Science Dictionary

Do you know what a meteor is, or what scientists mean when they are talking about cryogenics? Our collection of science terms explains the meaning of some of the most common scientific ideas.

Horner, Jack (1946-) is an American paleontologist who made many discoveries of dinosaur fossils.

Loeb, Jacques (1859-1924), a German-American experimental biologist and physiologist.

Sumner, James Batcheller (1887-1955), a United States biochemist. He shared the Nobel Prize in chemistry for 1946.

Watson, James Dewey (1928-), an American molecular biologist, helped determine the molecular structure of deoxyribonucleic acid, or DNA, the carrier of genetic material in living organisms.

Rowley, Janet (1925-) is an American geneticist, a scientist who investigates the structure, function, and transmission of genes.

Lazear, Jesse William (1866-1900), was an American physician and bacteriologist who, as part of a commission on yellow fever, made one of the most significant discoveries in tropical medicine—that the disease was transmitted by the mosquito, of the species now known as Aedes aegypti.

Cobb, Jewel Isadora Plummer (1924-) is an American biologist known both for her research in cell biology and for promoting science education among minorities and women.

Enders, John Franklin (1897-1985) was an American research bacteriologist who shared the 1954 Nobel Prize in physiology or medicine with American virologist Thomas Huckle Weller and bacteriogist Frederick Chapman Robbins.

Erlanger, Joseph (1874-1965), a United States physiologist. For work on the functions of the nerve threads, Erlanger shared with Herbert Spencer Gasser the 1944 Nobel Prize for physiology or medicine.

Lederberg, Joshua (1925-) is an American geneticist and pioneer in the field of bacterial genetics.

Landsteiner, Karl (1868-1943), an Austrian-American pathologist. He was awarded the 1930 Nobel Prize in physiology or medicine for his discovery and classification of the four primary types of human blood.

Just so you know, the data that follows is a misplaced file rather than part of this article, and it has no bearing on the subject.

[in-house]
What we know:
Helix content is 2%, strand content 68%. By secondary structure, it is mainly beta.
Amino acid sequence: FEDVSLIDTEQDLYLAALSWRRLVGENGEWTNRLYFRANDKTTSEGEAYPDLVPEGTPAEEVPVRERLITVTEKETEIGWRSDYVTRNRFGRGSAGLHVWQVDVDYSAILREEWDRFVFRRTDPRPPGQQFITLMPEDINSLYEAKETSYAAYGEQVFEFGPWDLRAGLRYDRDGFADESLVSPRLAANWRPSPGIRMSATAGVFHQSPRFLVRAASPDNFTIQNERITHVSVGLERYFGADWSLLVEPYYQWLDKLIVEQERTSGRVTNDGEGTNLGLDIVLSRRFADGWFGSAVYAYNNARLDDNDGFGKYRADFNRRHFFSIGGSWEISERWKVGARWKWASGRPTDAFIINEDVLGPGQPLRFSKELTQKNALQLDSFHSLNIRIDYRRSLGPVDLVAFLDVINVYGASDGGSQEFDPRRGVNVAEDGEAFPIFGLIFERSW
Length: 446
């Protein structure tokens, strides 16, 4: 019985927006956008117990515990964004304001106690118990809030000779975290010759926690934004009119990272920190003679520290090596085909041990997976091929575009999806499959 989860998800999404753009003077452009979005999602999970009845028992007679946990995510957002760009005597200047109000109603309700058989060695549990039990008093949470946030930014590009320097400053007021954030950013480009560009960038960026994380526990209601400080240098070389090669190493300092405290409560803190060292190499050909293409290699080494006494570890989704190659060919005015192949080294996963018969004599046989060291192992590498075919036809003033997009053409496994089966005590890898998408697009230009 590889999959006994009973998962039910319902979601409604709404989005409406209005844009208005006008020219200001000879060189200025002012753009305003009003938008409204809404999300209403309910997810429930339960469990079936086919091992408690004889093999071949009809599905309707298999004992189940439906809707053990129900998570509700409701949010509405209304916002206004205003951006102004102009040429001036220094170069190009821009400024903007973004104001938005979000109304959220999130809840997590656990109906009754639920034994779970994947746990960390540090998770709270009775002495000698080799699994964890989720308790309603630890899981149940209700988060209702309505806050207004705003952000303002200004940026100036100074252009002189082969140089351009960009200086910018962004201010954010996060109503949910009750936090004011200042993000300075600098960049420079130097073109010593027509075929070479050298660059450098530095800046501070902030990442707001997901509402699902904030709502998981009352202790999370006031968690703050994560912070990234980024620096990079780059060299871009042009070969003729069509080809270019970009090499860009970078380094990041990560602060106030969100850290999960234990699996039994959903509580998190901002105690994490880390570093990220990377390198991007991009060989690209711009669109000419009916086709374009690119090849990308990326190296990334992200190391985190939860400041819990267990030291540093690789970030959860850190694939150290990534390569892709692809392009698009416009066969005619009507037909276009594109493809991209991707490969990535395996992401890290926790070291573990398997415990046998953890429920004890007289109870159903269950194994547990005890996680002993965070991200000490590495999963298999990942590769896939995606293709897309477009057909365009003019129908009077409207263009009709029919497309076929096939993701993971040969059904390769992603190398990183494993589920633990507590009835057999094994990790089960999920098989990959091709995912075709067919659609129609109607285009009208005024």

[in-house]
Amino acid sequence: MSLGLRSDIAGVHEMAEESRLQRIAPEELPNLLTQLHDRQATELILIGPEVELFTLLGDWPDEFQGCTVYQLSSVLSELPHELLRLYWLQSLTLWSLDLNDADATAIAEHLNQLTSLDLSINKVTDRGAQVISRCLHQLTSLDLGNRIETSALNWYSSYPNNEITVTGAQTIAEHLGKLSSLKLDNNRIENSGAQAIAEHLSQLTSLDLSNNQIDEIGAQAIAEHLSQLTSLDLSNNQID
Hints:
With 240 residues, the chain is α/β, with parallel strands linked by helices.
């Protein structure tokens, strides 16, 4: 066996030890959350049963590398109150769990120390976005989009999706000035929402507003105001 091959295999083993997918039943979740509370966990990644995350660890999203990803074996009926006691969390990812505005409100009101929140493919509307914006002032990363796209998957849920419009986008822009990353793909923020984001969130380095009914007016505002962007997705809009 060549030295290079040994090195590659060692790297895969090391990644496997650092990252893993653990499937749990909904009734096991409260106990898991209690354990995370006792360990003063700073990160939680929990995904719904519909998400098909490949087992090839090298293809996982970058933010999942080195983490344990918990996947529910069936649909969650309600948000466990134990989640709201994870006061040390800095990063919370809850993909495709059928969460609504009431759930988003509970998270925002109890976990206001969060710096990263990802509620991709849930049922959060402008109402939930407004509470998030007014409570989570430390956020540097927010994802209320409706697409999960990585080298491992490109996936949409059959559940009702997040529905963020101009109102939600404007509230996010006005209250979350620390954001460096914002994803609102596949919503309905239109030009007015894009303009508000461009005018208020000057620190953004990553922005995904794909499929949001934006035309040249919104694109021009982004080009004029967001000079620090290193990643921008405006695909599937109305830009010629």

Mullis, Kary Banks (1944-), an American biochemist, shared the 1993 Nobel Prize in chemistry with Michael Smith of Canada for inventing polymerase chain reaction (PCR), which allowed duplication of a single gene fragment.

Hartwell, Leland Harrison (1939-), an American geneticist, advanced understanding of the fundamental principles that govern cell division through his studies of yeast-cell replication.

Stadler, Lewis John (1896-1954) was an American geneticist who did pioneering research on the effects of X rays upon mutation in plants.

Bailey, Liberty Hyde (1858-1954), a United States botanist and horticulturist. He pioneered in establishing college extension courses for farmers and wrote authoritative works on horticulture.

Margulis, Lynn Alexander (1938-), an American biologist, helped advance the study of the origins of cells.

Nice, Margaret Morse (1883-1974), an American ornithologist, became one of the world's foremost bird behaviorists by adapting the techniques of psychology to the study of bird behavior.

Nirenberg, Marshall Warren (1927-), an American biochemist, shared the 1968 Nobel Prize in physiology or medicine for his role in deciphering the genetic code.

Rodbell, Martin (1925-1998) was an American biochemist. He won the 1994 Nobel Prize in physiology or medicine for his research into signaling mechanisms in cells.

Meselson, Matthew Stanley (1930-), an American molecular biologist, is best known for his experimental confirmation, in collaboration with Franklin William Stahl, of the Watson-Crick theory of DNA replication.

Singer, Maxine (1931-) is an American biochemist and geneticist who has been a leading voice in the debate over the issues and ethics surrounding the development of recombinant DNA techniques, which combine DNA fragments from different types of cells or transplant them from one form of life to other forms.

Meyerhof, Otto Fritz (1884-1951), a German-born American biochemist, shared the 1922 Nobel Prize in physiology or medicine for his research into oxygen consumption by muscles, and the relationship of oxygen consumption and the metabolism of lactic acid (a chemical produced in the body by muscular activity) and carbohydrates within the muscle.

Berg, Paul (1926-), an American biochemist and molecular biologist, has been at the forefront of genetic engineering, both as an inventor of a pioneering procedure and as an advocate concerned about the risks of genetic research.

Sears, Paul Bigelow (1891-1990) was an American botanist, a scientist who studies plants.

Greengard, Paul (1925-) shared the 2000 Nobel Prize in physiology or medicine for his discovery of how dopamine and a number of other transmitters in the brain exert their action in the nervous system.